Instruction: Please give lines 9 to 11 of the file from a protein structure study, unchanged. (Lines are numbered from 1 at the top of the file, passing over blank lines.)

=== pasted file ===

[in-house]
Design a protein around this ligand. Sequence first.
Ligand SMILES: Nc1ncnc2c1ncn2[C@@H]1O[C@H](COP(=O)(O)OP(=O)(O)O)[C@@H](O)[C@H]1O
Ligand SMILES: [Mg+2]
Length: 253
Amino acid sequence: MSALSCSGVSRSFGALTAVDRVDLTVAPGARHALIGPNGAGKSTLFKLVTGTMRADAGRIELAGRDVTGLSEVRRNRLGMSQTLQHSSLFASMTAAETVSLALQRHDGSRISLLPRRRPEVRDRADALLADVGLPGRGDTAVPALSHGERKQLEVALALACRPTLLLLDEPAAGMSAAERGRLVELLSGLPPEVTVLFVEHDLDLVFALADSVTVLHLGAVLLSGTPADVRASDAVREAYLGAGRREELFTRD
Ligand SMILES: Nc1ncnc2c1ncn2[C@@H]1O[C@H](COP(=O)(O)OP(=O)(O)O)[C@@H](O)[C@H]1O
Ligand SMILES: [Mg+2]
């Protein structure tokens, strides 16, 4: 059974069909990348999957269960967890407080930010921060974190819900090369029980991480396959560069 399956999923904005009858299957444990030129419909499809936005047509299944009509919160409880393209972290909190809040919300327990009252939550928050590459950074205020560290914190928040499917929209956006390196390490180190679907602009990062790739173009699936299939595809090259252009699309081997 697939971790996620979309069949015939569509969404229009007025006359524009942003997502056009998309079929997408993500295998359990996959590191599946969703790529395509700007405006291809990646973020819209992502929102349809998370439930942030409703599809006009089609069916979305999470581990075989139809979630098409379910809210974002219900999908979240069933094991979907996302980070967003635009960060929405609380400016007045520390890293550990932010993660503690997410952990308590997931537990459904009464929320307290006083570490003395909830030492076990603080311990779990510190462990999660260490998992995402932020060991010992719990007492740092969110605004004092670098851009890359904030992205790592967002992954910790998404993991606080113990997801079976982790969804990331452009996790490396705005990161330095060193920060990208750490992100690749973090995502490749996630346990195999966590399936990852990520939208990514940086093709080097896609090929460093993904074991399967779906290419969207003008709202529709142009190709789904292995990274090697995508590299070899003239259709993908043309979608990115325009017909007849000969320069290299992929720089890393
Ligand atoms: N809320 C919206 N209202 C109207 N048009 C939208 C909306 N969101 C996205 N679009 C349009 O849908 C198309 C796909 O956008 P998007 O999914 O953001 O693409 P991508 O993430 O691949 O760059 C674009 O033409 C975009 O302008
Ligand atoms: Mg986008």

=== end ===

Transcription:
């Protein structure tokens, strides 16, 4: 059974069909990348999957269960967890407080930010921060974190819900090369029980991480396959560069 399956999923904005009858299957444990030129419909499809936005047509299944009509919160409880393209972290909190809040919300327990009252939550928050590459950074205020560290914190928040499917929209956006390196390490180190679907602009990062790739173009699936299939595809090259252009699309081997 697939971790996620979309069949015939569509969404229009007025006359524009942003997502056009998309079929997408993500295998359990996959590191599946969703790529395509700007405006291809990646973020819209992502929102349809998370439930942030409703599809006009089609069916979305999470581990075989139809979630098409379910809210974002219900999908979240069933094991979907996302980070967003635009960060929405609380400016007045520390890293550990932010993660503690997410952990308590997931537990459904009464929320307290006083570490003395909830030492076990603080311990779990510190462990999660260490998992995402932020060991010992719990007492740092969110605004004092670098851009890359904030992205790592967002992954910790998404993991606080113990997801079976982790969804990331452009996790490396705005990161330095060193920060990208750490992100690749973090995502490749996630346990195999966590399936990852990520939208990514940086093709080097896609090929460093993904074991399967779906290419969207003008709202529709142009190709789904292995990274090697995508590299070899003239259709993908043309979608990115325009017909007849000969320069290299992929720089890393
Ligand atoms: N809320 C919206 N209202 C109207 N048009 C939208 C909306 N969101 C996205 N679009 C349009 O849908 C198309 C796909 O956008 P998007 O999914 O953001 O693409 P991508 O993430 O691949 O760059 C674009 O033409 C975009 O302008
Ligand atoms: Mg986008």